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Growing Up with an Alcoholic Parent: Shit You Wish You Could Have Talked About

Because AA for kids was a nightmare, I hope this makes you feel a little less alone.

1 . When you learn about the roles in an alcoholic family and catch yourself comparing you and your siblings to each stereotypical role.

2. Thinking your parent can’t be an alcoholic, because they don’t act like the alcoholics on TV do.

3. Wishing your parents would get a divorce so that the fighting would stop.

  • And then feeling horrible, because so many kids struggle with having separated parents (but it must be for the best sometimes, right?)

4. The first time you read a story from another child of an alcoholic and have to choke back tears. Or your stomach churns with simultaneous feelings of discomfort and…acceptance?

  • Subsequently wondering why you hadn’t read more stories like this until college, because your childhood self would have felt a lot more validated.

5. Repeating over and over: it could be worse, it could be worse, it could be worse.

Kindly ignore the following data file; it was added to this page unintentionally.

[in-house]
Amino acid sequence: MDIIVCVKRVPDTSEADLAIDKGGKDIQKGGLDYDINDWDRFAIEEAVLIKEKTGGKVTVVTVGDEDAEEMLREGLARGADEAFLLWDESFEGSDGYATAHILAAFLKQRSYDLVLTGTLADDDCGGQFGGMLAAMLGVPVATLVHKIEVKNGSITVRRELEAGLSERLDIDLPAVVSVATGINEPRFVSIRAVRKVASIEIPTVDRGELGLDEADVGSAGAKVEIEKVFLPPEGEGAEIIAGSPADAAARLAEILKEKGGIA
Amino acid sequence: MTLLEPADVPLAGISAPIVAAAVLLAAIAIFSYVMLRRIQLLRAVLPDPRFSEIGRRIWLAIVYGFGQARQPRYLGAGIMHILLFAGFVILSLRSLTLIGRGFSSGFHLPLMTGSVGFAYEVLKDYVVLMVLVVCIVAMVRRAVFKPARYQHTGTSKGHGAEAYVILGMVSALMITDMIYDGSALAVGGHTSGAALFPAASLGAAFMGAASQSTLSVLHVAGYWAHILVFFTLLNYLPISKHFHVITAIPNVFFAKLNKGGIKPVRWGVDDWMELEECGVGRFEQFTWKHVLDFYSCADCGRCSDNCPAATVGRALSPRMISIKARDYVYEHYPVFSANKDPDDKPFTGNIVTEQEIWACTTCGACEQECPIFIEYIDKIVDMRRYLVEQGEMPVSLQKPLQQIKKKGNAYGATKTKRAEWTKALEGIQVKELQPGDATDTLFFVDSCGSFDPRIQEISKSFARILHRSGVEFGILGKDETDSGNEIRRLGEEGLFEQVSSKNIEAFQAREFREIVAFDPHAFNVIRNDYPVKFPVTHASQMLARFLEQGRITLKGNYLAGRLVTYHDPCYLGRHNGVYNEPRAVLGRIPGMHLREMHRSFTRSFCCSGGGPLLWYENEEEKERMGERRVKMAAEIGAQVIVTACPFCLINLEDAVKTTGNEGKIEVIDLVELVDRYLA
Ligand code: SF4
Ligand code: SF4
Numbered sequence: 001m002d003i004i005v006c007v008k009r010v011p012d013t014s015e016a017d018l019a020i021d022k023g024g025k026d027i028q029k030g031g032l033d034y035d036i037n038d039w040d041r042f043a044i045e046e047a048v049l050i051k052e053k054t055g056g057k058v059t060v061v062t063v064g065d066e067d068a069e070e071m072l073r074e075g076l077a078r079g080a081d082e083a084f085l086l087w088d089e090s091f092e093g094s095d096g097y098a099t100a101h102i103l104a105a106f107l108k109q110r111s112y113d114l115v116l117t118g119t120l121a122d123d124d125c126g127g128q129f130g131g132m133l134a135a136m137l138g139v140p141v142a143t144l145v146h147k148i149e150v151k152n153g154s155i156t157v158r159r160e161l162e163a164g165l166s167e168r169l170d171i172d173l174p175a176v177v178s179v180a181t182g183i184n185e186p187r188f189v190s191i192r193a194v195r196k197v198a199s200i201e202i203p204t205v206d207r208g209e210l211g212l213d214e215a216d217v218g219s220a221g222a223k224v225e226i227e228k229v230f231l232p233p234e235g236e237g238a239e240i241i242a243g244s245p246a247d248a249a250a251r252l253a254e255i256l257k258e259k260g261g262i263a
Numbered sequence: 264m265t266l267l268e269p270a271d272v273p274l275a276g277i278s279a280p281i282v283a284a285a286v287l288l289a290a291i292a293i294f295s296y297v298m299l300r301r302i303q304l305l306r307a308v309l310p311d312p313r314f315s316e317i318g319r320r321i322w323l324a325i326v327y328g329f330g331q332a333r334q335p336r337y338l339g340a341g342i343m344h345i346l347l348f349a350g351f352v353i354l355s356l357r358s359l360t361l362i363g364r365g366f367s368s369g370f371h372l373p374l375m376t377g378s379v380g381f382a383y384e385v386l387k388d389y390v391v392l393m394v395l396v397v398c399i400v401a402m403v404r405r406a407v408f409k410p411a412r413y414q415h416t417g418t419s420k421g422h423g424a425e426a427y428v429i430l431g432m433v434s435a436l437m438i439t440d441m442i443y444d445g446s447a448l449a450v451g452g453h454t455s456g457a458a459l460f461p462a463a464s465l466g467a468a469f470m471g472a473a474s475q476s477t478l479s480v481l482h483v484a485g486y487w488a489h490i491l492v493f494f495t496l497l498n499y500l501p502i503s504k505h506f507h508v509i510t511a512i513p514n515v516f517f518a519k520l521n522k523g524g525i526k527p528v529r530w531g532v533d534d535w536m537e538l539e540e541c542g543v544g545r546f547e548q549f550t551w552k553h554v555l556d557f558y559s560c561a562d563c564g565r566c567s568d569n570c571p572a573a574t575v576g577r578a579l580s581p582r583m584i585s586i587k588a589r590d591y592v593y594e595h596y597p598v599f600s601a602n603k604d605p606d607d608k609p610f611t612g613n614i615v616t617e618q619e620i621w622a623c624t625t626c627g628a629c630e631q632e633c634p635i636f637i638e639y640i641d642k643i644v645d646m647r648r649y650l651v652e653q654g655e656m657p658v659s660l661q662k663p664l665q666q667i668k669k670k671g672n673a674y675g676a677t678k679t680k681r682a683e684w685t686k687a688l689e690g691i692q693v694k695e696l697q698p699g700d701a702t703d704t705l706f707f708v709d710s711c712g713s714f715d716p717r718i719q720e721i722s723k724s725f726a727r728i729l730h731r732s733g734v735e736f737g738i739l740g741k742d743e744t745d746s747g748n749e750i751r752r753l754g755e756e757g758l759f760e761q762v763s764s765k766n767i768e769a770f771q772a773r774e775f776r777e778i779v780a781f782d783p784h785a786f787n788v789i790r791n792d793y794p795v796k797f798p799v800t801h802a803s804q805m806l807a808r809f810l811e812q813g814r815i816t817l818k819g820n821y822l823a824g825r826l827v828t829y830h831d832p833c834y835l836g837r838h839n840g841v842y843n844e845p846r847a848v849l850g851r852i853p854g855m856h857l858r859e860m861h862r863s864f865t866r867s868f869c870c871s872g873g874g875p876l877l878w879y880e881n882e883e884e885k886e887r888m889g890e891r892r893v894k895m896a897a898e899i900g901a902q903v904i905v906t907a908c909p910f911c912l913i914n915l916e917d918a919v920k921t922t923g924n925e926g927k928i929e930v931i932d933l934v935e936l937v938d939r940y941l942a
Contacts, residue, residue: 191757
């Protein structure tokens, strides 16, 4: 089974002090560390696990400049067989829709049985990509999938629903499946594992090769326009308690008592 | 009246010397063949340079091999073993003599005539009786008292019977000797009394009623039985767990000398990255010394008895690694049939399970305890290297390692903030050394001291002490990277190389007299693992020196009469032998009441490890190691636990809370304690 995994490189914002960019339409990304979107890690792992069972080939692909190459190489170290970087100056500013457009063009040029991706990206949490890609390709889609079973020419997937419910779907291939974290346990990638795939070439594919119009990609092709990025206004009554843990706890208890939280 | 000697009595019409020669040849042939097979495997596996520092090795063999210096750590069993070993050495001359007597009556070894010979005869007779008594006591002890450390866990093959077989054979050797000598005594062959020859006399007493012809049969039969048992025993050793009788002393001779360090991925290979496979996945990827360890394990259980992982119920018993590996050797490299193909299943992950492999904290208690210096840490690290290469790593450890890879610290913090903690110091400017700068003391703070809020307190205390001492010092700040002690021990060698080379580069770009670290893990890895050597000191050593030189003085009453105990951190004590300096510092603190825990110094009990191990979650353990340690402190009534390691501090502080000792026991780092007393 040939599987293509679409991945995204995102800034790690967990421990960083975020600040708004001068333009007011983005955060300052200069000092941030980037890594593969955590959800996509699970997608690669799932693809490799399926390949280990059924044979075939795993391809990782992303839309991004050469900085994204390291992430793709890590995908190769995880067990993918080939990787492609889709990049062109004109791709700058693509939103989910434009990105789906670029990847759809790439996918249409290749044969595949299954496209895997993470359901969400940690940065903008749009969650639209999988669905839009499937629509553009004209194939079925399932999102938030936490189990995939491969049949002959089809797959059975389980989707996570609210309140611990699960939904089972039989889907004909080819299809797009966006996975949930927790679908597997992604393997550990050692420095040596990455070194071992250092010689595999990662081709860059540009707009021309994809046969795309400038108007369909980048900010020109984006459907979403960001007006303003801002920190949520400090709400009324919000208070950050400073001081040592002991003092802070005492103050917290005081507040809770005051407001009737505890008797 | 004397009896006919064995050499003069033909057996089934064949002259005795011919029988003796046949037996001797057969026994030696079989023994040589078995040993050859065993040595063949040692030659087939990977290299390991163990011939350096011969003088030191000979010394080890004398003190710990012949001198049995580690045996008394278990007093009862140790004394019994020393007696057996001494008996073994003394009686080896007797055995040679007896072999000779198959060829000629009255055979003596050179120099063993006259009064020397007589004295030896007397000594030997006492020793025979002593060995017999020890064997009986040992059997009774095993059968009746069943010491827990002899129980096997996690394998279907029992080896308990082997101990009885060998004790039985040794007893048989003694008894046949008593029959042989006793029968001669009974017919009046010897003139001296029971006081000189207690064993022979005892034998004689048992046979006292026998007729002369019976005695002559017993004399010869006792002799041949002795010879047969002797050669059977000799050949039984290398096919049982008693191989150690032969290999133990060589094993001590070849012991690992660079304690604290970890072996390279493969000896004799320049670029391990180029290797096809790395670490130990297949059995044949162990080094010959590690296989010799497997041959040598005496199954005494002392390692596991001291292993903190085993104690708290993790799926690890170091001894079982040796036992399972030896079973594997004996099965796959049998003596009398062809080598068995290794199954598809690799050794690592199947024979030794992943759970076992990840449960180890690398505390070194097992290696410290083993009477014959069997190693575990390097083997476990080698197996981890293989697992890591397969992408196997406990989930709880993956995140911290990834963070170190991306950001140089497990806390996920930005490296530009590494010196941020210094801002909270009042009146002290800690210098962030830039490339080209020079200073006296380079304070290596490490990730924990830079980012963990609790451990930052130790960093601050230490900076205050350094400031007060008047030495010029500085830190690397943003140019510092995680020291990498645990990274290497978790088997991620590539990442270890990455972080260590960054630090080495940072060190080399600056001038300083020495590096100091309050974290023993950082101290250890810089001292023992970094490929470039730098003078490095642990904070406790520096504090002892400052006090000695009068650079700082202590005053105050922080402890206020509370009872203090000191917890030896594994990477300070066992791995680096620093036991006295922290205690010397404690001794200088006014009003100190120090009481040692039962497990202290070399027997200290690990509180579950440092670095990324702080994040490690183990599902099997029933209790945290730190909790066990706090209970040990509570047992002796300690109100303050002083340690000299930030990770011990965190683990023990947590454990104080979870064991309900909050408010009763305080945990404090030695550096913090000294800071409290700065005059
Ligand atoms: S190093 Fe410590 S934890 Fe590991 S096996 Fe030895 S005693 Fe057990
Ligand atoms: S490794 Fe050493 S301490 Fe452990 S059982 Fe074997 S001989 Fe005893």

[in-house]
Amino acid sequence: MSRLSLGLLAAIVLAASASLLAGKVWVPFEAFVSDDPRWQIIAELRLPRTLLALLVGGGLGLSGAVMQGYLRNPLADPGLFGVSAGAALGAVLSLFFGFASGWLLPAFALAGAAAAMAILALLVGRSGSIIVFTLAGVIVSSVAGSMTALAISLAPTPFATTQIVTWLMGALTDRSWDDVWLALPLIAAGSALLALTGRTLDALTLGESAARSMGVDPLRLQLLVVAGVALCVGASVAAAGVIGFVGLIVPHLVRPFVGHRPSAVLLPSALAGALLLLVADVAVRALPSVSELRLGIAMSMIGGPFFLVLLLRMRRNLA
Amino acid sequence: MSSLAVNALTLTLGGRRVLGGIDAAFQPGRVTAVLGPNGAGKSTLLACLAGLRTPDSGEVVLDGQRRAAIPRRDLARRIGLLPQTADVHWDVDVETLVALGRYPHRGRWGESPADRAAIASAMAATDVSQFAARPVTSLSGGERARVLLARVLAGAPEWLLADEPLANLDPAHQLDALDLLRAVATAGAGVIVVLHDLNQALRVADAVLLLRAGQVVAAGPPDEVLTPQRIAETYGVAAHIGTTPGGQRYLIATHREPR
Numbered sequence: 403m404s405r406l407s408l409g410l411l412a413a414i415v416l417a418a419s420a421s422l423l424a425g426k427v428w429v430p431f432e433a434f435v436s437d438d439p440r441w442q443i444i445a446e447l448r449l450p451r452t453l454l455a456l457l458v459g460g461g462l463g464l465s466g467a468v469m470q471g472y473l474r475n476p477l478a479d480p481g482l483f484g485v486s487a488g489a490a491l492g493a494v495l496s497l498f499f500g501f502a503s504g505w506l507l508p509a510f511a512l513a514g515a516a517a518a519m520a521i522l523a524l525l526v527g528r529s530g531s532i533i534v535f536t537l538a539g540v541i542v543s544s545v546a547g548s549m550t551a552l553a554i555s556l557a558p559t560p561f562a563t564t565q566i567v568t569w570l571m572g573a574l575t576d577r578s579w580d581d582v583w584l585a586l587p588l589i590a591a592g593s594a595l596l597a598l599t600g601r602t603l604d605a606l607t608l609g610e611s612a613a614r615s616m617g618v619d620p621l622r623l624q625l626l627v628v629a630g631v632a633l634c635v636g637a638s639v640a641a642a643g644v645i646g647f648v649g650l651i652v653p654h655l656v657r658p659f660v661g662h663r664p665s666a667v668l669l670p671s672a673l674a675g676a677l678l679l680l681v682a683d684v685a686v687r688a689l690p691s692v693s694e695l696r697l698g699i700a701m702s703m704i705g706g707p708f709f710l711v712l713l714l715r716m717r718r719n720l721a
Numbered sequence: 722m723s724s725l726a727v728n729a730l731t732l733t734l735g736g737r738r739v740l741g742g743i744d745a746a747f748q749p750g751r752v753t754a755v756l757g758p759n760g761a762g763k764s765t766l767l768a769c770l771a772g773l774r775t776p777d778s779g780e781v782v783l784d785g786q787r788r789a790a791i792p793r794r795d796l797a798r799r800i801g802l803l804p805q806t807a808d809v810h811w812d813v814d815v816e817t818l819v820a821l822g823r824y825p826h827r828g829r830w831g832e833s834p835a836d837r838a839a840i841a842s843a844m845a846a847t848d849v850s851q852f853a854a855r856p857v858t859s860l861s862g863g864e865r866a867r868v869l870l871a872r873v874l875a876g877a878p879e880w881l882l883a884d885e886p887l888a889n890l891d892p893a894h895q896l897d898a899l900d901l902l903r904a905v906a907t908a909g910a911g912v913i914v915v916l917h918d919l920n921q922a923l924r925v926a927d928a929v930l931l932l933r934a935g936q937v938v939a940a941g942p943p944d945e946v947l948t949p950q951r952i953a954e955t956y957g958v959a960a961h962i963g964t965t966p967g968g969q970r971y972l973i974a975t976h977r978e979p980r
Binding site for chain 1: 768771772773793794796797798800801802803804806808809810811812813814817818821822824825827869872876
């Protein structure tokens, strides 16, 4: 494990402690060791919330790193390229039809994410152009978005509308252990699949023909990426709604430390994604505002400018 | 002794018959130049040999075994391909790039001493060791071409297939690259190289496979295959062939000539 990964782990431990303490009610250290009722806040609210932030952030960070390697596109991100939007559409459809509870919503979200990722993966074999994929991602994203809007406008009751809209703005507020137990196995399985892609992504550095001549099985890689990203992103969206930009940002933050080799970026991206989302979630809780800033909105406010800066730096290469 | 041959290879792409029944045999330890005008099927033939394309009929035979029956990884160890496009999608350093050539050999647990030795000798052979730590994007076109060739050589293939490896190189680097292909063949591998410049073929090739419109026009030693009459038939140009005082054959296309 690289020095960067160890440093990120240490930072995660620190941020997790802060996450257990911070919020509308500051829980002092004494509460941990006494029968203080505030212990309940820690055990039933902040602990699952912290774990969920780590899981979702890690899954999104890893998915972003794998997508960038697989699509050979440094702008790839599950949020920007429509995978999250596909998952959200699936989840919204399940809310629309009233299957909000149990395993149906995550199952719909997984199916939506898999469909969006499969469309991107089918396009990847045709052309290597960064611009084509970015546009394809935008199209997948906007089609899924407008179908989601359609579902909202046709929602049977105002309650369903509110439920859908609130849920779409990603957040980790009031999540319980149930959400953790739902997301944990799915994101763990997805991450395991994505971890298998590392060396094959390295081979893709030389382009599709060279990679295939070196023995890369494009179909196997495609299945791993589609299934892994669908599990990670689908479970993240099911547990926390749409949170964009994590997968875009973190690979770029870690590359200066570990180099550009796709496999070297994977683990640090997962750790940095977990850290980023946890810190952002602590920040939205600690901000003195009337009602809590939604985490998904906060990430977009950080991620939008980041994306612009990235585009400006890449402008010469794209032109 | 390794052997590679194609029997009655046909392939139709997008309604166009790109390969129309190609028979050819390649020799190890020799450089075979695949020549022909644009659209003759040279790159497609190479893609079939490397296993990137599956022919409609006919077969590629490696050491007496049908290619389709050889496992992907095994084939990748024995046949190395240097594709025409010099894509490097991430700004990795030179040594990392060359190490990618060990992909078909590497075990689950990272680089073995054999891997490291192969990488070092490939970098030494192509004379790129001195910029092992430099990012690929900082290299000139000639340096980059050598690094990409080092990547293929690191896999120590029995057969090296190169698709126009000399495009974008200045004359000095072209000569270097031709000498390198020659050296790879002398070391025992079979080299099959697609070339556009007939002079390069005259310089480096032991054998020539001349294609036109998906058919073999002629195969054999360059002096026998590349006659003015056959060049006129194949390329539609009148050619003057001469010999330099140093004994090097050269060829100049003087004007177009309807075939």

• When you desperately want to talk to someone about your home life, but don’t want to sound whiny.

6. Drawing the line on your alcoholic parent’s toxicity at the dinner table – name-calling, endless complaining on trivial matters, back-handed compliments, infuriating arrogance – and then feeling horrible for spurring another screaming match.

  • Or, being the one to just sit there and take it, and feeling horrible for that, too.

7. When someone tells you that your parent “wasn’t always like this.”

  • Why does that excuse them from being an ass? Why does that mean I have to either silence my opinions and my voice, or fight constantly?

8. Alternatively hearing, “they were so good to you when you were a baby! They would do anything for you.”

  • First of all, I’m not a baby anymore; I’m a grown adult with lasting damage from an emotionally distant parent. Of course I'm grateful they care about me, but it sure didn't feel that way when they only showed up to one varsity game, a couple beers deep.

9. When you’re out for the third night in a row with your college friends, and you know that none of them are worried about forming an alcoholism habit – but you are.